It was a great week for sports and culture in Burns Lake.
At the arena we had competitive, non-minor hockey league action between five teams including a hybrid Burns Lake Bruins team that included minor hockey league players as well as older players. The competition was part of the Carrier Sekani Family Services first winter games.
Nothing against minor hockey – it’s great to be able to catch competitive hockey almost every weekend in town – but Burns Lake does feel a little left out of regional action without the Burns Lake Braves. The bleachers were well-used for hard and fast hockey all weekend.
Speaking of full bleachers, the turn out for the ballet last week was staggering. When was the last time you saw people lined-up outside of the high school doors eagerly hoping that a ticket or two might become available?
The hard-working volunteers of the Lakes District Arts Council should be thanked for the opportunity to experience the show in the intimate environment of the highschool main stage.
Great hockey and a professional ballet should be enough for any Canadian, but last week had even more on tap with ski racing at the Omineca Ski Club.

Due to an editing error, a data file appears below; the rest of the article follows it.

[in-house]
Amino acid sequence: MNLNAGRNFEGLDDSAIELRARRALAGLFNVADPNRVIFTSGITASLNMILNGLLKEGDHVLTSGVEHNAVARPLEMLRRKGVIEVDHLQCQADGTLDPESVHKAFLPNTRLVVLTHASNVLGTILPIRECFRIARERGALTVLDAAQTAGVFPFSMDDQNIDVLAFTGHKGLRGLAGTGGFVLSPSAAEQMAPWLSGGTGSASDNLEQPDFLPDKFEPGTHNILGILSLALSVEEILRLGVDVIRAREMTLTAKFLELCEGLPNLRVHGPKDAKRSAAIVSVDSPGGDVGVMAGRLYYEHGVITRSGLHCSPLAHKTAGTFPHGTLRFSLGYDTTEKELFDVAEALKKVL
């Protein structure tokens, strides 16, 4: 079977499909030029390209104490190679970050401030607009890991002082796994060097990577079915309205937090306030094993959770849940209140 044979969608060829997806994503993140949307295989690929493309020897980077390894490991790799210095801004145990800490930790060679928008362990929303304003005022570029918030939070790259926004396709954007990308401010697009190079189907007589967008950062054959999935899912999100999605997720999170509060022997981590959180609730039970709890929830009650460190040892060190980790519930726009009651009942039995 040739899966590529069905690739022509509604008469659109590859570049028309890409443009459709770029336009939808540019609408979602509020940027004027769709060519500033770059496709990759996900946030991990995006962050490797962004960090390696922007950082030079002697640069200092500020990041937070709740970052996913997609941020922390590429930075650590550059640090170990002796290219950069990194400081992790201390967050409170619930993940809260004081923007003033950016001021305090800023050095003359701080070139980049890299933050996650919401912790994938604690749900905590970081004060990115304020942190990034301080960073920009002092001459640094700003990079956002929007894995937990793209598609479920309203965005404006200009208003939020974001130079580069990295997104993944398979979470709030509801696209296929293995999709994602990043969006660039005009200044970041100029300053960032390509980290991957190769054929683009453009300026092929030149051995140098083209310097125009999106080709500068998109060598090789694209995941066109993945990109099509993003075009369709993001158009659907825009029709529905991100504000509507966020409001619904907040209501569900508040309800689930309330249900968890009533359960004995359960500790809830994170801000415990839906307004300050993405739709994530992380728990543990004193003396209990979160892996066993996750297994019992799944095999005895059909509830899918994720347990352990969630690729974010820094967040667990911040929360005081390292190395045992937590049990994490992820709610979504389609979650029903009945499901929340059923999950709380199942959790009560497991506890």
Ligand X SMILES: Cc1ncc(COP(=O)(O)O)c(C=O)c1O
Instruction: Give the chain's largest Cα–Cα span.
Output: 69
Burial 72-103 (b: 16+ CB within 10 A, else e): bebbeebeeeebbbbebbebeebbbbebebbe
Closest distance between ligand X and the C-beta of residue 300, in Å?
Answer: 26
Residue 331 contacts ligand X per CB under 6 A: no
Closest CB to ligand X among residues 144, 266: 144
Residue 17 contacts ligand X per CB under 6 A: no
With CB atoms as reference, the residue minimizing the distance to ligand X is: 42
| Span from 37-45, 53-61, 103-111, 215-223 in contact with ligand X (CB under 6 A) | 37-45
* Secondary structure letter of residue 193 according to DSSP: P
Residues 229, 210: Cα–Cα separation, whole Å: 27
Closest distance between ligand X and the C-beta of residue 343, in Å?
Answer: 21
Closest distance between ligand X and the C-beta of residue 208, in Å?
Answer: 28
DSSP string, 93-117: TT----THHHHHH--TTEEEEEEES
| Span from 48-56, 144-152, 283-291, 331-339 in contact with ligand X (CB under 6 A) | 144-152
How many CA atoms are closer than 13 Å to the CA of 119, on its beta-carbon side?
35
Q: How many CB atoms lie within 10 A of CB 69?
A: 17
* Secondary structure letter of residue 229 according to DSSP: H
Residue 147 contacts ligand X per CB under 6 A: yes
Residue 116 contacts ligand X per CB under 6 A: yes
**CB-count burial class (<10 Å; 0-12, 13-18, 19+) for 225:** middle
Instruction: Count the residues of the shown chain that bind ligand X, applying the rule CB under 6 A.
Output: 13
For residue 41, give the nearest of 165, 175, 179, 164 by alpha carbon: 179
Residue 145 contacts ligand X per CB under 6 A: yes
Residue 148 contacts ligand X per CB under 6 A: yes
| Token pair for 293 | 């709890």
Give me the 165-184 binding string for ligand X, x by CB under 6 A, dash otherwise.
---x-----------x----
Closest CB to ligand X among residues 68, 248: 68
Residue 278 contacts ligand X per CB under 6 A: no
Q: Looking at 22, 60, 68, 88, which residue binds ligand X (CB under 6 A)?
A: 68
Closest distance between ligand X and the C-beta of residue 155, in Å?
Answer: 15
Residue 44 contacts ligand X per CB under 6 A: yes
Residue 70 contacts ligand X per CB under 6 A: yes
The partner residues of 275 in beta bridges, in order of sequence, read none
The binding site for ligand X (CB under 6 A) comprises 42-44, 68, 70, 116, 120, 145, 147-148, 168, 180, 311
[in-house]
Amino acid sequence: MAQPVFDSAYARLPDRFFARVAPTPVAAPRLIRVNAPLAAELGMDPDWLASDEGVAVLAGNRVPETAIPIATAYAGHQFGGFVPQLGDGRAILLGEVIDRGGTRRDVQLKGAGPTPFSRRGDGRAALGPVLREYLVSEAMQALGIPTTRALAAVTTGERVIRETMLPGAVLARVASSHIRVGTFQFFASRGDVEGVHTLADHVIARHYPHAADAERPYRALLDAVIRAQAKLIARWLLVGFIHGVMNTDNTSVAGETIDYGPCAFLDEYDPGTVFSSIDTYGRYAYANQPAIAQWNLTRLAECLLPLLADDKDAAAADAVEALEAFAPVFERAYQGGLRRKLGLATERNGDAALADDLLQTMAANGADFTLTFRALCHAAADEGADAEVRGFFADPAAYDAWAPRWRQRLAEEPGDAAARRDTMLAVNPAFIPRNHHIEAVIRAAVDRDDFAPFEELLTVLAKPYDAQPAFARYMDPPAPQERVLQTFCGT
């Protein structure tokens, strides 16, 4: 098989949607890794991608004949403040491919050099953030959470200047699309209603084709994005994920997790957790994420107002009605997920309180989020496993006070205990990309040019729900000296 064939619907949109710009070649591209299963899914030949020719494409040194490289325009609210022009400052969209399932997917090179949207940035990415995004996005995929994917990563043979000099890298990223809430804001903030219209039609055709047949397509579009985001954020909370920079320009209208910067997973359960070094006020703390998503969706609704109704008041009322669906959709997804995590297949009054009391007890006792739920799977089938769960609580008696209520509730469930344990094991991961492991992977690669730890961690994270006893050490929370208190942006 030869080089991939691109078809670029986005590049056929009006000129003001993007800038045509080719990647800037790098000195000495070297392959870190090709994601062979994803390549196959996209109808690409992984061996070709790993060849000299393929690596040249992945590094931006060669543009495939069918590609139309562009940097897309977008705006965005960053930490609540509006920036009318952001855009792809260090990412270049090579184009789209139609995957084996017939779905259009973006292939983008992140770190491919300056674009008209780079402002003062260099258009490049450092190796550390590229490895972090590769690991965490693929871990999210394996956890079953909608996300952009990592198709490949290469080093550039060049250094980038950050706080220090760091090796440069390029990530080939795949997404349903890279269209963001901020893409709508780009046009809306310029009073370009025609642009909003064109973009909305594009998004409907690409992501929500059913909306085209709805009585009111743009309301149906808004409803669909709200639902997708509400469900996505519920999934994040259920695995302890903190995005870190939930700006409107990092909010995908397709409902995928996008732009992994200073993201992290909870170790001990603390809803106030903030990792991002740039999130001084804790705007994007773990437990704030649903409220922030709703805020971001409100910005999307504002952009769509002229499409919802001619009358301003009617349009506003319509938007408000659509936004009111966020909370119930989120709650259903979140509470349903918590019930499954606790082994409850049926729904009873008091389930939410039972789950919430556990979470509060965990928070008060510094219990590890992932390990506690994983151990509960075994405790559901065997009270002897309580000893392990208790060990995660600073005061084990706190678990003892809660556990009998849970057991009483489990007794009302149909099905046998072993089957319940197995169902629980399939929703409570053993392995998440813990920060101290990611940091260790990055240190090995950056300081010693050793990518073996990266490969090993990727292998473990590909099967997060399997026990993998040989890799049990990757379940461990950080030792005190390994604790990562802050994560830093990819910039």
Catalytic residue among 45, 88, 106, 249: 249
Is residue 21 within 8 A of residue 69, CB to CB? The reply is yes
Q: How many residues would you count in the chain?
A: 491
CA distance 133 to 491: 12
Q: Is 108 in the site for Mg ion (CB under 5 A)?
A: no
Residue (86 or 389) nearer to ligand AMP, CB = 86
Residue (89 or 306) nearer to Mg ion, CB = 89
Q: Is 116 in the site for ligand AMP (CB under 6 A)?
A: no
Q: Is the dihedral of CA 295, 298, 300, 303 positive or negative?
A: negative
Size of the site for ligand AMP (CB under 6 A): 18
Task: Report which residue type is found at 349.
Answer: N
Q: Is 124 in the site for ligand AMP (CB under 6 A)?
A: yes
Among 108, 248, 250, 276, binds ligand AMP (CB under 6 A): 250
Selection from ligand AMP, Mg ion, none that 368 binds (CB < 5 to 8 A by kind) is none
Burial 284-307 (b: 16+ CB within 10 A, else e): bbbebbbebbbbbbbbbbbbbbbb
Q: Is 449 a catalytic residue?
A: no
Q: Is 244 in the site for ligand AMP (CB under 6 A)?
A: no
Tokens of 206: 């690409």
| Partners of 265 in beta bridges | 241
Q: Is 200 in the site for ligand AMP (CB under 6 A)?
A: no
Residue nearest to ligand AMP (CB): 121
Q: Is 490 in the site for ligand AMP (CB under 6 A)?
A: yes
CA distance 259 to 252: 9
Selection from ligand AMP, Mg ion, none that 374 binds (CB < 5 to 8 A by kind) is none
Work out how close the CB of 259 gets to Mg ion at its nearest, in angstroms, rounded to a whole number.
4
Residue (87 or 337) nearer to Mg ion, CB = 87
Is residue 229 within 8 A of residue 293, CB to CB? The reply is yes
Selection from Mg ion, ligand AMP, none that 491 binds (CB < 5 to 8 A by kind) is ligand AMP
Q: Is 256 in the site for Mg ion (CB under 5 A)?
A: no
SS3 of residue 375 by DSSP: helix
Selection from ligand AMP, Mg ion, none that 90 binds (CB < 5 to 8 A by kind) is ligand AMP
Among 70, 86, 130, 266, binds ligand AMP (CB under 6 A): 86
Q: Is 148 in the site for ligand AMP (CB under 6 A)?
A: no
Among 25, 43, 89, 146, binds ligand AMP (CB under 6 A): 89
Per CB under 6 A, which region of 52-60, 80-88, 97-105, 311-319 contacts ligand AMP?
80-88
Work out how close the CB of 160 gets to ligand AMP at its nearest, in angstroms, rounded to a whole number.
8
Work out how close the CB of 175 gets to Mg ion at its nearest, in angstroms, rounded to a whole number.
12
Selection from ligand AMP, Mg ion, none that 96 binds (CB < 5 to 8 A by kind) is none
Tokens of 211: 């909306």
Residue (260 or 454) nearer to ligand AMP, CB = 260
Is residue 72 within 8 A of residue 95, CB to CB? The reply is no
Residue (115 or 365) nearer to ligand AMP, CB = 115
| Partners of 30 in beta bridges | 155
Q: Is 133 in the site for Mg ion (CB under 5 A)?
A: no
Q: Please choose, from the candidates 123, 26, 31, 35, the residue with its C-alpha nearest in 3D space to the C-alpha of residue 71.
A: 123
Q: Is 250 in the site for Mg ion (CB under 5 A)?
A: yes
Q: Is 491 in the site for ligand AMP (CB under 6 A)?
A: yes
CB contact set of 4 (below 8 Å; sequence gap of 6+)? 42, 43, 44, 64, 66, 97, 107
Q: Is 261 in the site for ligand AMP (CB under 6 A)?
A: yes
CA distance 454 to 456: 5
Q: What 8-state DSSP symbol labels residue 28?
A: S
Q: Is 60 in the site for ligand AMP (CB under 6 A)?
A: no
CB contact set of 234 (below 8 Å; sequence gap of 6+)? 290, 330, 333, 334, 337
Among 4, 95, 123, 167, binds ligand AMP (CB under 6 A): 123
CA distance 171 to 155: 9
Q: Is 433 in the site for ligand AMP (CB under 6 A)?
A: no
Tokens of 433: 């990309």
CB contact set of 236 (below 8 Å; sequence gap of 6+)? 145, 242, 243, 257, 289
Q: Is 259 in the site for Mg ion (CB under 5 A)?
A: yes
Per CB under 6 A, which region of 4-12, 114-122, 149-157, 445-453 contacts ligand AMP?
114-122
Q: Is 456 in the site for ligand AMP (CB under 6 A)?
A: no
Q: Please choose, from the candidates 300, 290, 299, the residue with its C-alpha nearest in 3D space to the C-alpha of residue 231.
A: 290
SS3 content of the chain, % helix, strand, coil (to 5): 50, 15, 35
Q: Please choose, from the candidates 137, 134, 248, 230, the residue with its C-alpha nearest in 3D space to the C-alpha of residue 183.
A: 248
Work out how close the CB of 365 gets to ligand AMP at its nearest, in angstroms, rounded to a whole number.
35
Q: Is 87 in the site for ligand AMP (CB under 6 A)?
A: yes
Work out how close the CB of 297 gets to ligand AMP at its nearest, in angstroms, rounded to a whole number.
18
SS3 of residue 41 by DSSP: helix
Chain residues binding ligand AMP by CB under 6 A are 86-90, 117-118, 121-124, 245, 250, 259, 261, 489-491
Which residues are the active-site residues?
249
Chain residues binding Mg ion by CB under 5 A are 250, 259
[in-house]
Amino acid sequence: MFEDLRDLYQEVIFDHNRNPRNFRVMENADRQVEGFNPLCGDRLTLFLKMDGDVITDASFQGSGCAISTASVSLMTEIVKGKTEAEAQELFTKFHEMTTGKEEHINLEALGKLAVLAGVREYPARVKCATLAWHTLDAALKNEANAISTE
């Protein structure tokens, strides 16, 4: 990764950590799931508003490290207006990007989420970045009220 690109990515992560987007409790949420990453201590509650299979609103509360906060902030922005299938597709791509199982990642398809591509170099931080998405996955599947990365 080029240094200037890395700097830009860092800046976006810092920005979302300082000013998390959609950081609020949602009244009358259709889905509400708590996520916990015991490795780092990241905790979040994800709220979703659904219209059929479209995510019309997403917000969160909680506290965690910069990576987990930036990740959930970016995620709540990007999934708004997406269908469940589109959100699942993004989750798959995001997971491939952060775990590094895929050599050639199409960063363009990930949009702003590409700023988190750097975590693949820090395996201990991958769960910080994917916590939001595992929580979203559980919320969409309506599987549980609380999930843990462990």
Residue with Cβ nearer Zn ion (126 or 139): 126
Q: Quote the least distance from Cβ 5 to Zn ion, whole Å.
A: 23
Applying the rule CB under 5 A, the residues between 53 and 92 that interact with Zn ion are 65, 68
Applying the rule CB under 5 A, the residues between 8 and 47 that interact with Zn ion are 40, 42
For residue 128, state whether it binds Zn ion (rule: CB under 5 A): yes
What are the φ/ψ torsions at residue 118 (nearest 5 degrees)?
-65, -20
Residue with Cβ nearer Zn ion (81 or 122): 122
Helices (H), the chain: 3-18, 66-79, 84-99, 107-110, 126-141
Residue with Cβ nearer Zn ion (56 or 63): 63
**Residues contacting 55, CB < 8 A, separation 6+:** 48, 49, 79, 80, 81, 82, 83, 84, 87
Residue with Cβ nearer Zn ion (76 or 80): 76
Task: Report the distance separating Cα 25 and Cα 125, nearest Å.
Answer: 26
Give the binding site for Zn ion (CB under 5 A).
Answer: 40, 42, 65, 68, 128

It seemed like an endless field of racers was on hand as category after category of racer lined up at five minute intervals to torture their aerobic systems on a mild and sunny winter day. They raced so hard that I got fit just watching.
The Omineca Ski team is mostly represented by a group of young skiers. They show a lot of potential not only as athletes but as examples of good sportsmanship with their indefatigable energy and positive dispositions. They will be a fun group of athletes to keep your eyes on as they grow into the older age categories.
On a completely different note, we’ve seen the beginning of the election season up here. Minister Bill Bennet began the natural gas sales pitch in Terrace and Prince Rupert. According to his media handler, there may or may not be a Burns Lake visit on tap, even though pipeline proposals are on everybody’s mind around here.
The provincial liberals are taking a lot of fire in open editorial pieces by politicians and regular media commentators for their proposed changes to forest management policy. One thing that stands out is the war of semantics that has defined the early exchanges.
Critics of area-based forest management want to keep the phrase tree-farm license (TFL) at the forefront of the conversation. Defenders of area-based management want to get past a term that’s loaded with more than 30 years of baggage to describe what they see as a positive approach to forest management.
Semantics get tiresome fast.
Whether it’s a TFL, an area-based tenure, a First Nation’s woodlot license, or whatever other term might evolve to describe it, the essential question is whether or not the system maintains independent and transparent oversight of forest stock and health.
The vitality of our forests is more important than a quick political score.